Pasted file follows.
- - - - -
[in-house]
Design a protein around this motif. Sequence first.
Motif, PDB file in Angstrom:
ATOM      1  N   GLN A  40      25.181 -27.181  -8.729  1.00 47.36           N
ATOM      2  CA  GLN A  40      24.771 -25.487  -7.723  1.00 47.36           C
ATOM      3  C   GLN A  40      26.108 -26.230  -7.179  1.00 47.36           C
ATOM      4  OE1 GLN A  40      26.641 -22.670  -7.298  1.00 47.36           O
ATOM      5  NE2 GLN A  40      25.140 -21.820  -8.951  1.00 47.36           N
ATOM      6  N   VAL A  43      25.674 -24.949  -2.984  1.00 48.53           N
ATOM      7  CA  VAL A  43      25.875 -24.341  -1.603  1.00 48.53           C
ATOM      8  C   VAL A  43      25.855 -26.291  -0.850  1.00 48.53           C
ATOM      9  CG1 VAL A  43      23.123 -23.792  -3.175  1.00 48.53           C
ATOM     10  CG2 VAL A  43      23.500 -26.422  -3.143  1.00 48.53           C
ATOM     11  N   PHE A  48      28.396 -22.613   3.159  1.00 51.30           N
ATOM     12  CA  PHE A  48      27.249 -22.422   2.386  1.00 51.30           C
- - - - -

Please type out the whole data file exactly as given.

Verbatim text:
[in-house]
Design a protein around this motif. Sequence first.
Motif, PDB file in Angstrom:
ATOM      1  N   GLN A  40      25.181 -27.181  -8.729  1.00 47.36           N
ATOM      2  CA  GLN A  40      24.771 -25.487  -7.723  1.00 47.36           C
ATOM      3  C   GLN A  40      26.108 -26.230  -7.179  1.00 47.36           C
ATOM      4  OE1 GLN A  40      26.641 -22.670  -7.298  1.00 47.36           O
ATOM      5  NE2 GLN A  40      25.140 -21.820  -8.951  1.00 47.36           N
ATOM      6  N   VAL A  43      25.674 -24.949  -2.984  1.00 48.53           N
ATOM      7  CA  VAL A  43      25.875 -24.341  -1.603  1.00 48.53           C
ATOM      8  C   VAL A  43      25.855 -26.291  -0.850  1.00 48.53           C
ATOM      9  CG1 VAL A  43      23.123 -23.792  -3.175  1.00 48.53           C
ATOM     10  CG2 VAL A  43      23.500 -26.422  -3.143  1.00 48.53           C
ATOM     11  N   PHE A  48      28.396 -22.613   3.159  1.00 51.30           N
ATOM     12  CA  PHE A  48      27.249 -22.422   2.386  1.00 51.30           C